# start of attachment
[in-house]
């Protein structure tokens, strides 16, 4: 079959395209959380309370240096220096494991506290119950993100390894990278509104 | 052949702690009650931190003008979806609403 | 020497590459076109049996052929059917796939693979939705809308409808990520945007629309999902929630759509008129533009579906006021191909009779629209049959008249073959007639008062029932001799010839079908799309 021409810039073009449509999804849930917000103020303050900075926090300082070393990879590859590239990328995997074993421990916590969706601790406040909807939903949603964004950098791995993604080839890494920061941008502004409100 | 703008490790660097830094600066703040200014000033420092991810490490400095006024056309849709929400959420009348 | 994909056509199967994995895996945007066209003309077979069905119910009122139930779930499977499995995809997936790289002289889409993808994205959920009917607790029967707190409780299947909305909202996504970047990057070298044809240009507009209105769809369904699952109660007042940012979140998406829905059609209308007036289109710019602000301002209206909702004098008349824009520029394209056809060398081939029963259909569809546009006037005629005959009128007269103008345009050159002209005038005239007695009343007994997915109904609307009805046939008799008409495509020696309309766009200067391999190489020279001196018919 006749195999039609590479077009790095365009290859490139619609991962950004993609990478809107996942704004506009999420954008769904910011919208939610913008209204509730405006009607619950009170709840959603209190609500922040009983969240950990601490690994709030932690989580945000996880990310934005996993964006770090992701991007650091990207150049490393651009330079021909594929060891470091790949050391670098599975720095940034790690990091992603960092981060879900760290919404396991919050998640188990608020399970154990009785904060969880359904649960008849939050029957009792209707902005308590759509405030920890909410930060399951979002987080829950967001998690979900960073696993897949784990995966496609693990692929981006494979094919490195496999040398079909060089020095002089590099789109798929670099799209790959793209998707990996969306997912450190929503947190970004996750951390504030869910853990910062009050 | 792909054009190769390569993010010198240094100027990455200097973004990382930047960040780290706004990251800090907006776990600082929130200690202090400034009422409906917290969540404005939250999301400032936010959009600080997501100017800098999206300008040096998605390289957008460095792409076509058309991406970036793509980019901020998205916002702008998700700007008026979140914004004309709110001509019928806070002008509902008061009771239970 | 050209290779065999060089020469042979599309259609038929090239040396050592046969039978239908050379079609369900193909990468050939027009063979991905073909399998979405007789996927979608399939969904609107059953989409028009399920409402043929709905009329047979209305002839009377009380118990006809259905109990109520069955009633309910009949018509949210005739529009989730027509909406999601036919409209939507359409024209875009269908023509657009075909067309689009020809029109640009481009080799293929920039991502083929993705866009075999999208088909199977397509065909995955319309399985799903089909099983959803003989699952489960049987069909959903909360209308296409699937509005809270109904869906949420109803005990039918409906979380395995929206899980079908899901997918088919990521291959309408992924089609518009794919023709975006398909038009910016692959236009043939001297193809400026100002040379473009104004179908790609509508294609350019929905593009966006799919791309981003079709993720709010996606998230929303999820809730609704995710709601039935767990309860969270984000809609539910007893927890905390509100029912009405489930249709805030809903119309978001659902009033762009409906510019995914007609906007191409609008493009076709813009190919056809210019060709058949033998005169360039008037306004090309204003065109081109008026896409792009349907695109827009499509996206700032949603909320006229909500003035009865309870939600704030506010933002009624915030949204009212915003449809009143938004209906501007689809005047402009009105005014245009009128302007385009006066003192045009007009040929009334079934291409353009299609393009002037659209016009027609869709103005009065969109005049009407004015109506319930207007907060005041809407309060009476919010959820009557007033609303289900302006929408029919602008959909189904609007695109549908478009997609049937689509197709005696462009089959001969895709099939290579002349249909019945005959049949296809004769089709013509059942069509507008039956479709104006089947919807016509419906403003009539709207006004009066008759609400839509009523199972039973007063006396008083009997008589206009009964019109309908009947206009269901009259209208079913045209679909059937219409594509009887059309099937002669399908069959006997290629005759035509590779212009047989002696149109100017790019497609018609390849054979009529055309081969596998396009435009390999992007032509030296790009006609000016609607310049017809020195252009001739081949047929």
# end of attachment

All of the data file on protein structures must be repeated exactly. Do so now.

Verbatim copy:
[in-house]
């Protein structure tokens, strides 16, 4: 079959395209959380309370240096220096494991506290119950993100390894990278509104 | 052949702690009650931190003008979806609403 | 020497590459076109049996052929059917796939693979939705809308409808990520945007629309999902929630759509008129533009579906006021191909009779629209049959008249073959007639008062029932001799010839079908799309 021409810039073009449509999804849930917000103020303050900075926090300082070393990879590859590239990328995997074993421990916590969706601790406040909807939903949603964004950098791995993604080839890494920061941008502004409100 | 703008490790660097830094600066703040200014000033420092991810490490400095006024056309849709929400959420009348 | 994909056509199967994995895996945007066209003309077979069905119910009122139930779930499977499995995809997936790289002289889409993808994205959920009917607790029967707190409780299947909305909202996504970047990057070298044809240009507009209105769809369904699952109660007042940012979140998406829905059609209308007036289109710019602000301002209206909702004098008349824009520029394209056809060398081939029963259909569809546009006037005629005959009128007269103008345009050159002209005038005239007695009343007994997915109904609307009805046939008799008409495509020696309309766009200067391999190489020279001196018919 006749195999039609590479077009790095365009290859490139619609991962950004993609990478809107996942704004506009999420954008769904910011919208939610913008209204509730405006009607619950009170709840959603209190609500922040009983969240950990601490690994709030932690989580945000996880990310934005996993964006770090992701991007650091990207150049490393651009330079021909594929060891470091790949050391670098599975720095940034790690990091992603960092981060879900760290919404396991919050998640188990608020399970154990009785904060969880359904649960008849939050029957009792209707902005308590759509405030920890909410930060399951979002987080829950967001998690979900960073696993897949784990995966496609693990692929981006494979094919490195496999040398079909060089020095002089590099789109798929670099799209790959793209998707990996969306997912450190929503947190970004996750951390504030869910853990910062009050 | 792909054009190769390569993010010198240094100027990455200097973004990382930047960040780290706004990251800090907006776990600082929130200690202090400034009422409906917290969540404005939250999301400032936010959009600080997501100017800098999206300008040096998605390289957008460095792409076509058309991406970036793509980019901020998205916002702008998700700007008026979140914004004309709110001509019928806070002008509902008061009771239970 | 050209290779065999060089020469042979599309259609038929090239040396050592046969039978239908050379079609369900193909990468050939027009063979991905073909399998979405007789996927979608399939969904609107059953989409028009399920409402043929709905009329047979209305002839009377009380118990006809259905109990109520069955009633309910009949018509949210005739529009989730027509909406999601036919409209939507359409024209875009269908023509657009075909067309689009020809029109640009481009080799293929920039991502083929993705866009075999999208088909199977397509065909995955319309399985799903089909099983959803003989699952489960049987069909959903909360209308296409699937509005809270109904869906949420109803005990039918409906979380395995929206899980079908899901997918088919990521291959309408992924089609518009794919023709975006398909038009910016692959236009043939001297193809400026100002040379473009104004179908790609509508294609350019929905593009966006799919791309981003079709993720709010996606998230929303999820809730609704995710709601039935767990309860969270984000809609539910007893927890905390509100029912009405489930249709805030809903119309978001659902009033762009409906510019995914007609906007191409609008493009076709813009190919056809210019060709058949033998005169360039008037306004090309204003065109081109008026896409792009349907695109827009499509996206700032949603909320006229909500003035009865309870939600704030506010933002009624915030949204009212915003449809009143938004209906501007689809005047402009009105005014245009009128302007385009006066003192045009007009040929009334079934291409353009299609393009002037659209016009027609869709103005009065969109005049009407004015109506319930207007907060005041809407309060009476919010959820009557007033609303289900302006929408029919602008959909189904609007695109549908478009997609049937689509197709005696462009089959001969895709099939290579002349249909019945005959049949296809004769089709013509059942069509507008039956479709104006089947919807016509419906403003009539709207006004009066008759609400839509009523199972039973007063006396008083009997008589206009009964019109309908009947206009269901009259209208079913045209679909059937219409594509009887059309099937002669399908069959006997290629005759035509590779212009047989002696149109100017790019497609018609390849054979009529055309081969596998396009435009390999992007032509030296790009006609000016609607310049017809020195252009001739081949047929």